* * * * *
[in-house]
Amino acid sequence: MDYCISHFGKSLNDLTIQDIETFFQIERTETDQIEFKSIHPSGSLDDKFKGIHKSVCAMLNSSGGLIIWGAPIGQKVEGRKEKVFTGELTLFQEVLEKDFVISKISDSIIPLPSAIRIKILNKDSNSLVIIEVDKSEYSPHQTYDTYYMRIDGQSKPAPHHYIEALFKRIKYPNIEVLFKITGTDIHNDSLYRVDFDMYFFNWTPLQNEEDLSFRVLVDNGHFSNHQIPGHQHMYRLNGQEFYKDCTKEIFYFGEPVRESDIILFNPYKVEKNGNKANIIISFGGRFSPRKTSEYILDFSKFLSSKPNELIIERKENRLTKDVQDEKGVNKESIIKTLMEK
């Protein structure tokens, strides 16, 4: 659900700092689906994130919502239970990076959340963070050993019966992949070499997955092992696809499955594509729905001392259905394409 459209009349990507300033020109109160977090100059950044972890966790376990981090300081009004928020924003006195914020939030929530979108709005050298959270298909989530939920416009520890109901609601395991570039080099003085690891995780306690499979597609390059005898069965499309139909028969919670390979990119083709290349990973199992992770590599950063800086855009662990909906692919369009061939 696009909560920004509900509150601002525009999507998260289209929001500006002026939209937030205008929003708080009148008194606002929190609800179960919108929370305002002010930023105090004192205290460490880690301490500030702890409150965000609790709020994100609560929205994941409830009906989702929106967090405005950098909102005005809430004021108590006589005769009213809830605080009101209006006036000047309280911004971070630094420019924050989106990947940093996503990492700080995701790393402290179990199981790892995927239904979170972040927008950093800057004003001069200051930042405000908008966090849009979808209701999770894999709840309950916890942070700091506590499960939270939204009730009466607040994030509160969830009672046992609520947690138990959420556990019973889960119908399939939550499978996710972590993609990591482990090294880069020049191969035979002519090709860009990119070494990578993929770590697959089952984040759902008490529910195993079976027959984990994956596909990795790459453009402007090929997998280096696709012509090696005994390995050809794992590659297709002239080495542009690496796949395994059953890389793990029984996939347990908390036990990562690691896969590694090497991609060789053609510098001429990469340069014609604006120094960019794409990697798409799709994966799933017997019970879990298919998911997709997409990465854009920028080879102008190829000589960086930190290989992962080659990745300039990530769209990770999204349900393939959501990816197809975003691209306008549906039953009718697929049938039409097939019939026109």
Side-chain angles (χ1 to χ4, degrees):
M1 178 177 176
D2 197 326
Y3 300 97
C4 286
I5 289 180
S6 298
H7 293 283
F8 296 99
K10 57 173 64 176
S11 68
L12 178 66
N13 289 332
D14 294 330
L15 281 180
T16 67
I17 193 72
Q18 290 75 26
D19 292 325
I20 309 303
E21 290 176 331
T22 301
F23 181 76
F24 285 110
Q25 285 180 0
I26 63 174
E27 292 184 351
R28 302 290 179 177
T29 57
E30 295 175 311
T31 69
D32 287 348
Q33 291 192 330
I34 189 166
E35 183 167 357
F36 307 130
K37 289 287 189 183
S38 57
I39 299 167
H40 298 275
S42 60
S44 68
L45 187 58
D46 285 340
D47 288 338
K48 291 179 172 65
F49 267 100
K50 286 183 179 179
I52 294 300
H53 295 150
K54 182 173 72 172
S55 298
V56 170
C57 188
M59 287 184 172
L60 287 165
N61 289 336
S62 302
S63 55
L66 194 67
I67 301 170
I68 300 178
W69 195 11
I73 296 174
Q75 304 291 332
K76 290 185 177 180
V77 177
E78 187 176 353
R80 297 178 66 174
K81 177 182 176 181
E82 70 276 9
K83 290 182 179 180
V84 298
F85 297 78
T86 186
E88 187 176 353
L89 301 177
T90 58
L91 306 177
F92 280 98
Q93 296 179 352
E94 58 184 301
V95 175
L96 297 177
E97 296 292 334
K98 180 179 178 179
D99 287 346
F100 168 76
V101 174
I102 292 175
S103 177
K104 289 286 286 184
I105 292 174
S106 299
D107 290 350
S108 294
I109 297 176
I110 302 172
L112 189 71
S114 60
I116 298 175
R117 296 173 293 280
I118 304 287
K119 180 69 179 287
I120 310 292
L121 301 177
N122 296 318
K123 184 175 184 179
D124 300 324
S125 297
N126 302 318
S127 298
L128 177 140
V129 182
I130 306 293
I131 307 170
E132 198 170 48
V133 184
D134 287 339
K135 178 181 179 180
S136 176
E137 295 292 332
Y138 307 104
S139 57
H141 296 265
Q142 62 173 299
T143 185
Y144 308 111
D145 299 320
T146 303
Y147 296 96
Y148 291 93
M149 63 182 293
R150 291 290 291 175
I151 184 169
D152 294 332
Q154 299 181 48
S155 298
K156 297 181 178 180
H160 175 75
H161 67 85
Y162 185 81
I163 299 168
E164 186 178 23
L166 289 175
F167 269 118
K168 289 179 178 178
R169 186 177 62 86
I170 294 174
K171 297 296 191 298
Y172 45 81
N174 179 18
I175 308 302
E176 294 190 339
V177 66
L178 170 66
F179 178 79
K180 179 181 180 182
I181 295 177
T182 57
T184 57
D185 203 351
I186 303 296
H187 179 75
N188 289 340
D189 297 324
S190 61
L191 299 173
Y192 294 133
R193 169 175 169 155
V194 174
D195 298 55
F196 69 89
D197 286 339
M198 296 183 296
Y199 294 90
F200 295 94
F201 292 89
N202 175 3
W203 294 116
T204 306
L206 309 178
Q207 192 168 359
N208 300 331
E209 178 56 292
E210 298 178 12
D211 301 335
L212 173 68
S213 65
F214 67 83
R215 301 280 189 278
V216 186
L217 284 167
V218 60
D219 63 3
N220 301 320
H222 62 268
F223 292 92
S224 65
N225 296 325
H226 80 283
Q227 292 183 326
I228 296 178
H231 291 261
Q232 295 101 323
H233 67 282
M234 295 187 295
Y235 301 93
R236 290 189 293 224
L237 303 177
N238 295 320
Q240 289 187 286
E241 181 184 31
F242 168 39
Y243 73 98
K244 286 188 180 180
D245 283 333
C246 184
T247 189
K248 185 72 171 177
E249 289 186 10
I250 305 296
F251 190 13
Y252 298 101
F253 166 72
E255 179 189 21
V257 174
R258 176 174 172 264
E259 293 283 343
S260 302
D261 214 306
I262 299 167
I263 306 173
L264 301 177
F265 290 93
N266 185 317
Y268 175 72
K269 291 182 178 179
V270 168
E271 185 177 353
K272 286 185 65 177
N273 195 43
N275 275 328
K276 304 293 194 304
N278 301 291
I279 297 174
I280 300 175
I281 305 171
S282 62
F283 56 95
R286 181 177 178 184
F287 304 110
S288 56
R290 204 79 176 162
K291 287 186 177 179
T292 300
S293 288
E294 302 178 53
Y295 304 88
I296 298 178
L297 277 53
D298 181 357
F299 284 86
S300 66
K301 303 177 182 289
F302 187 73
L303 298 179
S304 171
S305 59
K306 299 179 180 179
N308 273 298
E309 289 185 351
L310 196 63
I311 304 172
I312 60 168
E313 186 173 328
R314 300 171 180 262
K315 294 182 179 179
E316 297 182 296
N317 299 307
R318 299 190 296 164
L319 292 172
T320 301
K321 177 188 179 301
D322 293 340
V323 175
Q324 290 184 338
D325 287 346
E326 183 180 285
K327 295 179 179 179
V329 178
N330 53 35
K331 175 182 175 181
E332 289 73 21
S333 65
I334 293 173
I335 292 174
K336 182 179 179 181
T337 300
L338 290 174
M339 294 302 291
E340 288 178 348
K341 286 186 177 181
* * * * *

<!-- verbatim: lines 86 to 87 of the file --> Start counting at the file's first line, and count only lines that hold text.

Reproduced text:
V95 175
L96 297 177